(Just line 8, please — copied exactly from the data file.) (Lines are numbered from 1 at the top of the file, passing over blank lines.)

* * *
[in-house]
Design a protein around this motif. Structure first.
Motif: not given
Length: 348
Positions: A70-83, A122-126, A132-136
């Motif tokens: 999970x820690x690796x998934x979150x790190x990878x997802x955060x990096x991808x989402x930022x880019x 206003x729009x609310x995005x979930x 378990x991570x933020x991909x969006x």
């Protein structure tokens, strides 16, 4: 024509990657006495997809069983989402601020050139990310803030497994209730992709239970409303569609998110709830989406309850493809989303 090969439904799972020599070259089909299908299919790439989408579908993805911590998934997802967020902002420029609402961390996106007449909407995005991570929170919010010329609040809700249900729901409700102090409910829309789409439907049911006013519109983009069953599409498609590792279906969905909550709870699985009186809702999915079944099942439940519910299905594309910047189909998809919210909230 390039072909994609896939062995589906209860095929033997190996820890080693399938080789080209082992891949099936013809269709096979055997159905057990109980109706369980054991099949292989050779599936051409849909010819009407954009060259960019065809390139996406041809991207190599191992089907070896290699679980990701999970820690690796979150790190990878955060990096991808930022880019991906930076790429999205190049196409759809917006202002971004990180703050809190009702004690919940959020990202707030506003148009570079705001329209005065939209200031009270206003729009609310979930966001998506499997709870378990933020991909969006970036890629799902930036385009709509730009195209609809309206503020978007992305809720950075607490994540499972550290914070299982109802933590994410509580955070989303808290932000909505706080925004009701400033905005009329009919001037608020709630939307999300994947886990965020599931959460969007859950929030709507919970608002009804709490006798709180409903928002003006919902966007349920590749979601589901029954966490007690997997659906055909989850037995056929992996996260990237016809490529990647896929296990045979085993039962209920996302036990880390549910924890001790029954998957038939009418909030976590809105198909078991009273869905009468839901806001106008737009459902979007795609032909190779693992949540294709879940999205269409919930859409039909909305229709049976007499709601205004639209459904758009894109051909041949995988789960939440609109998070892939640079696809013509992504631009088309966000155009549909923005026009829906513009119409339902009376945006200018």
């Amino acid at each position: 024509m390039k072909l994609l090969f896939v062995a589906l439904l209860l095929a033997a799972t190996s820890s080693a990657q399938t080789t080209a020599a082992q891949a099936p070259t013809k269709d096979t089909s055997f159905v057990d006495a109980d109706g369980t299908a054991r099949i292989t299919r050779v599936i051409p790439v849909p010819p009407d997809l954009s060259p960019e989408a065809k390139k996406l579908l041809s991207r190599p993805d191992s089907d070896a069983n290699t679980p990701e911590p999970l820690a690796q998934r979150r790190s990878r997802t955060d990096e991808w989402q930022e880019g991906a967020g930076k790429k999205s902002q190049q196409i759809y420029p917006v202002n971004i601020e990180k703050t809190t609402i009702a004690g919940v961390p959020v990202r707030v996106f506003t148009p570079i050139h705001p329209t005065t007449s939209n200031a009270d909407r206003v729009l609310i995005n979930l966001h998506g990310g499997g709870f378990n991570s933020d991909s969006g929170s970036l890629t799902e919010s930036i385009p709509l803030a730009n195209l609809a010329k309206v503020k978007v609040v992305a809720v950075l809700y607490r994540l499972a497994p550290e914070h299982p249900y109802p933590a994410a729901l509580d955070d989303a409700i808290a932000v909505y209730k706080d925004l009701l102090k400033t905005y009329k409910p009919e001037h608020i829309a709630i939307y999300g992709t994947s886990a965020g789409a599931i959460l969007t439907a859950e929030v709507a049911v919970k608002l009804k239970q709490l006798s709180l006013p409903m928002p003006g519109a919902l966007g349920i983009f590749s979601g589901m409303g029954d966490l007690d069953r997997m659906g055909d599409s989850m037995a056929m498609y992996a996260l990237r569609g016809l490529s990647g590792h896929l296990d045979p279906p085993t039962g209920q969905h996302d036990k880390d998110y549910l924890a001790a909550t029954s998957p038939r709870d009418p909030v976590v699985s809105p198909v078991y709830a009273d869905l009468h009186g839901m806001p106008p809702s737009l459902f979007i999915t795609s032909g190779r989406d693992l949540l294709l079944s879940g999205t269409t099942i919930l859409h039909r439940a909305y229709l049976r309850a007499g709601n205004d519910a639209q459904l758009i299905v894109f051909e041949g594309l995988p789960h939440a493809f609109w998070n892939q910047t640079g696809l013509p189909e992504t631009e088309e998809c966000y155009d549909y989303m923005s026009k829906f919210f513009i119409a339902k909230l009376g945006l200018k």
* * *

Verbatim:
């Amino acid at each position: 024509m390039k072909l994609l090969f896939v062995a589906l439904l209860l095929a033997a799972t190996s820890s080693a990657q399938t080789t080209a020599a082992q891949a099936p070259t013809k269709d096979t089909s055997f159905v057990d006495a109980d109706g369980t299908a054991r099949i292989t299919r050779v599936i051409p790439v849909p010819p009407d997809l954009s060259p960019e989408a065809k390139k996406l579908l041809s991207r190599p993805d191992s089907d070896a069983n290699t679980p990701e911590p999970l820690a690796q998934r979150r790190s990878r997802t955060d990096e991808w989402q930022e880019g991906a967020g930076k790429k999205s902002q190049q196409i759809y420029p917006v202002n971004i601020e990180k703050t809190t609402i009702a004690g919940v961390p959020v990202r707030v996106f506003t148009p570079i050139h705001p329209t005065t007449s939209n200031a009270d909407r206003v729009l609310i995005n979930l966001h998506g990310g499997g709870f378990n991570s933020d991909s969006g929170s970036l890629t799902e919010s930036i385009p709509l803030a730009n195209l609809a010329k309206v503020k978007v609040v992305a809720v950075l809700y607490r994540l499972a497994p550290e914070h299982p249900y109802p933590a994410a729901l509580d955070d989303a409700i808290a932000v909505y209730k706080d925004l009701l102090k400033t905005y009329k409910p009919e001037h608020i829309a709630i939307y999300g992709t994947s886990a965020g789409a599931i959460l969007t439907a859950e929030v709507a049911v919970k608002l009804k239970q709490l006798s709180l006013p409903m928002p003006g519109a919902l966007g349920i983009f590749s979601g589901m409303g029954d966490l007690d069953r997997m659906g055909d599409s989850m037995a056929m498609y992996a996260l990237r569609g016809l490529s990647g590792h896929l296990d045979p279906p085993t039962g209920q969905h996302d036990k880390d998110y549910l924890a001790a909550t029954s998957p038939r709870d009418p909030v976590v699985s809105p198909v078991y709830a009273d869905l009468h009186g839901m806001p106008p809702s737009l459902f979007i999915t795609s032909g190779r989406d693992l949540l294709l079944s879940g999205t269409t099942i919930l859409h039909r439940a909305y229709l049976r309850a007499g709601n205004d519910a639209q459904l758009i299905v894109f051909e041949g594309l995988p789960h939440a493809f609109w998070n892939q910047t640079g696809l013509p189909e992504t631009e088309e998809c966000y155009d549909y989303m923005s026009k829906f919210f513009i119409a339902k909230l009376g945006l200018k």